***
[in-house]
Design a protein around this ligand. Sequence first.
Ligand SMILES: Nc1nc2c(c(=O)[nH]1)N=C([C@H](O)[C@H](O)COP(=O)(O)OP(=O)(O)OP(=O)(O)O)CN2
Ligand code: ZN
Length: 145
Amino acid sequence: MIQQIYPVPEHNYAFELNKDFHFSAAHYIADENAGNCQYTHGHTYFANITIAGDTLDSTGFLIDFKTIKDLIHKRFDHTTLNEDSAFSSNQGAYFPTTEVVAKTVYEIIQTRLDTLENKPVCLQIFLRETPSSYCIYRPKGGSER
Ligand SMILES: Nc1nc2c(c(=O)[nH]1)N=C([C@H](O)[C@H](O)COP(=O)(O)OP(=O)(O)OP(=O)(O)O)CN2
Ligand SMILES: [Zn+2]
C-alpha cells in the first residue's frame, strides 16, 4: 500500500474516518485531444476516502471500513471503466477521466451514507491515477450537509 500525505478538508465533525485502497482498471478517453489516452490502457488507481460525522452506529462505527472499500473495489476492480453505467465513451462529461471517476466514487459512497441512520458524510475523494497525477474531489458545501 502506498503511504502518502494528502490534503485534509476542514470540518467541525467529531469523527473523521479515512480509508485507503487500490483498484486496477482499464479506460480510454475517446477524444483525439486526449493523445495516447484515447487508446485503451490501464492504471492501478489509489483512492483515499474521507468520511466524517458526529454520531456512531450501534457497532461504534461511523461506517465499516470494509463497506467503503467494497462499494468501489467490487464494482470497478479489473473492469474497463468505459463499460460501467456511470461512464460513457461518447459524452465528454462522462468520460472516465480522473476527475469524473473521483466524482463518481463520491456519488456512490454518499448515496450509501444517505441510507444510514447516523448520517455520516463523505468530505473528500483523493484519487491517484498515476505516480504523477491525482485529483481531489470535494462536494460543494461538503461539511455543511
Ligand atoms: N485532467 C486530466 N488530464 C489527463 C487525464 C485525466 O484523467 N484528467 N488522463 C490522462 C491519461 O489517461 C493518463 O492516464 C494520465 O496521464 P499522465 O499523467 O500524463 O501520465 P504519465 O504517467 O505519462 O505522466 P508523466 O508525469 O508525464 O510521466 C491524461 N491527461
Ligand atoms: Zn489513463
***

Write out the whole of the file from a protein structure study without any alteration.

[in-house]
Design a protein around this ligand. Sequence first.
Ligand SMILES: Nc1nc2c(c(=O)[nH]1)N=C([C@H](O)[C@H](O)COP(=O)(O)OP(=O)(O)OP(=O)(O)O)CN2
Ligand code: ZN
Length: 145
Amino acid sequence: MIQQIYPVPEHNYAFELNKDFHFSAAHYIADENAGNCQYTHGHTYFANITIAGDTLDSTGFLIDFKTIKDLIHKRFDHTTLNEDSAFSSNQGAYFPTTEVVAKTVYEIIQTRLDTLENKPVCLQIFLRETPSSYCIYRPKGGSER
Ligand SMILES: Nc1nc2c(c(=O)[nH]1)N=C([C@H](O)[C@H](O)COP(=O)(O)OP(=O)(O)OP(=O)(O)O)CN2
Ligand SMILES: [Zn+2]
C-alpha cells in the first residue's frame, strides 16, 4: 500500500474516518485531444476516502471500513471503466477521466451514507491515477450537509 500525505478538508465533525485502497482498471478517453489516452490502457488507481460525522452506529462505527472499500473495489476492480453505467465513451462529461471517476466514487459512497441512520458524510475523494497525477474531489458545501 502506498503511504502518502494528502490534503485534509476542514470540518467541525467529531469523527473523521479515512480509508485507503487500490483498484486496477482499464479506460480510454475517446477524444483525439486526449493523445495516447484515447487508446485503451490501464492504471492501478489509489483512492483515499474521507468520511466524517458526529454520531456512531450501534457497532461504534461511523461506517465499516470494509463497506467503503467494497462499494468501489467490487464494482470497478479489473473492469474497463468505459463499460460501467456511470461512464460513457461518447459524452465528454462522462468520460472516465480522473476527475469524473473521483466524482463518481463520491456519488456512490454518499448515496450509501444517505441510507444510514447516523448520517455520516463523505468530505473528500483523493484519487491517484498515476505516480504523477491525482485529483481531489470535494462536494460543494461538503461539511455543511
Ligand atoms: N485532467 C486530466 N488530464 C489527463 C487525464 C485525466 O484523467 N484528467 N488522463 C490522462 C491519461 O489517461 C493518463 O492516464 C494520465 O496521464 P499522465 O499523467 O500524463 O501520465 P504519465 O504517467 O505519462 O505522466 P508523466 O508525469 O508525464 O510521466 C491524461 N491527461
Ligand atoms: Zn489513463